World-famous podcast host and UFC commentator Joe Rogan was shocked to hear on his podcast that India vs. Pakistan cricket matches garner more viewers than the Superbowl.
Joe Rogan is as American as they come, and although he is clearly clued in across a number of different niche topics, he like others, can often find himself caught in the figurative ‘USA bubble’, where it is as if very little exists out with the confines of America’s borders.
This was evident in a recent podcast – JRE MMA Show #130, filmed in September – with filmmaker Will Harris, where the two discussed Mr Harris’ recent trip to Dubai, where he watched an Asia Cup cricket tie between India and Pakistan.
Joe Rogan was astounded to hear that the tournament was watched by more people than the National Football League’s ‘Super bowl’, the biggest sporting event in America.
“Really?” Joe Rogan said in response to Mr Harris, before asking him whether he meant soccer.
Will Harris corrected him and replied, “Bigger than the Super Bowl, more viewers than the Super Bowl.”
Record attendance figures support this claim. The most watched Super Bowl of all time was 2015’s Super Bowl XLIX, where 114.44 million viewers tuned in to watch the New England Patriots defeat the Seattle Seahawks.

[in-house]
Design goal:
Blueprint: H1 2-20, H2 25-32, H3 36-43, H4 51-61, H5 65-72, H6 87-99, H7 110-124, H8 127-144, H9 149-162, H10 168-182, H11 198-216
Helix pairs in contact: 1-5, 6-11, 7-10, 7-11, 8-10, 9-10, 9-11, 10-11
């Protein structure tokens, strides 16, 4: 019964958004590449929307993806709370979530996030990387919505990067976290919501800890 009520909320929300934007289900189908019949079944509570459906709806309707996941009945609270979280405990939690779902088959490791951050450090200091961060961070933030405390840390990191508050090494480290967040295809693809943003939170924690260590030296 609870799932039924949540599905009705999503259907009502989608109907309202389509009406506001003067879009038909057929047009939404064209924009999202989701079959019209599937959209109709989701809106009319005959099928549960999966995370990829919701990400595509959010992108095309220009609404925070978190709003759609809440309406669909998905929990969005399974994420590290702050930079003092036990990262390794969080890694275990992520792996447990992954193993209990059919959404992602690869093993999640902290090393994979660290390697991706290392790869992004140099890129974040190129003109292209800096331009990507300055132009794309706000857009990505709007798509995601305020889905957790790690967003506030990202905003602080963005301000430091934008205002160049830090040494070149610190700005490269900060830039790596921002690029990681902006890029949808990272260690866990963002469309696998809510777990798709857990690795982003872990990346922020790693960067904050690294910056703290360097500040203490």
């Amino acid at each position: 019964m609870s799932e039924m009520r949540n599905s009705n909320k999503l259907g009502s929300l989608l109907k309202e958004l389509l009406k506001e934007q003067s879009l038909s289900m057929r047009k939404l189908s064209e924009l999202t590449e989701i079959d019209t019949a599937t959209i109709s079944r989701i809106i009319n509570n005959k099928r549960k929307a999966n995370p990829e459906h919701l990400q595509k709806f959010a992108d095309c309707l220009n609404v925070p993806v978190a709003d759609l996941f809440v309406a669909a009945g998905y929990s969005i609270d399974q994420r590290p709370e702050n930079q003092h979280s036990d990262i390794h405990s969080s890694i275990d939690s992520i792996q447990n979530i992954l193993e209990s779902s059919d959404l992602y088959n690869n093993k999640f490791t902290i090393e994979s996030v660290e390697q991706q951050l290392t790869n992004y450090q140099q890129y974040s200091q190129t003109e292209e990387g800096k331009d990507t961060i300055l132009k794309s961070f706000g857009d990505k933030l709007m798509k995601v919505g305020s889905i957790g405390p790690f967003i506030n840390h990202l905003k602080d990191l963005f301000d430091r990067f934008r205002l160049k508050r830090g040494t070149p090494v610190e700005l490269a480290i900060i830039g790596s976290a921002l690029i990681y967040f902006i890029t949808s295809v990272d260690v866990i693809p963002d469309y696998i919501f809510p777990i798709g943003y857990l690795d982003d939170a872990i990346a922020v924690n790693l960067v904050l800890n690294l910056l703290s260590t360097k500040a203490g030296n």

But this is nothing compared with the 273 million unique viewers of India’s clash with Pakistan at the 2019 Cricket World Cup.
Joe Rogan’s American bias – and most likely many of his viewers’ too – was challenged even further, when Will Harris decided to pull up the statistics of the most followed cricket player of all-time.
The two compared Indian cricketer Virat Kohli with America’s most followed athlete LeBron James, showing that Kohli – to Joe Rogan’s surprise – had, at the time, 82 million more followers than the American basketball player. Kohli now has 223 million followers in total.
Let the upcoming FIFA World Cup, which attracts even more viewers than cricket, serve as a reminder to Joe Rogan than although American sports certainly put on a show, they are not necessarily the pinnacle of sporting achievement.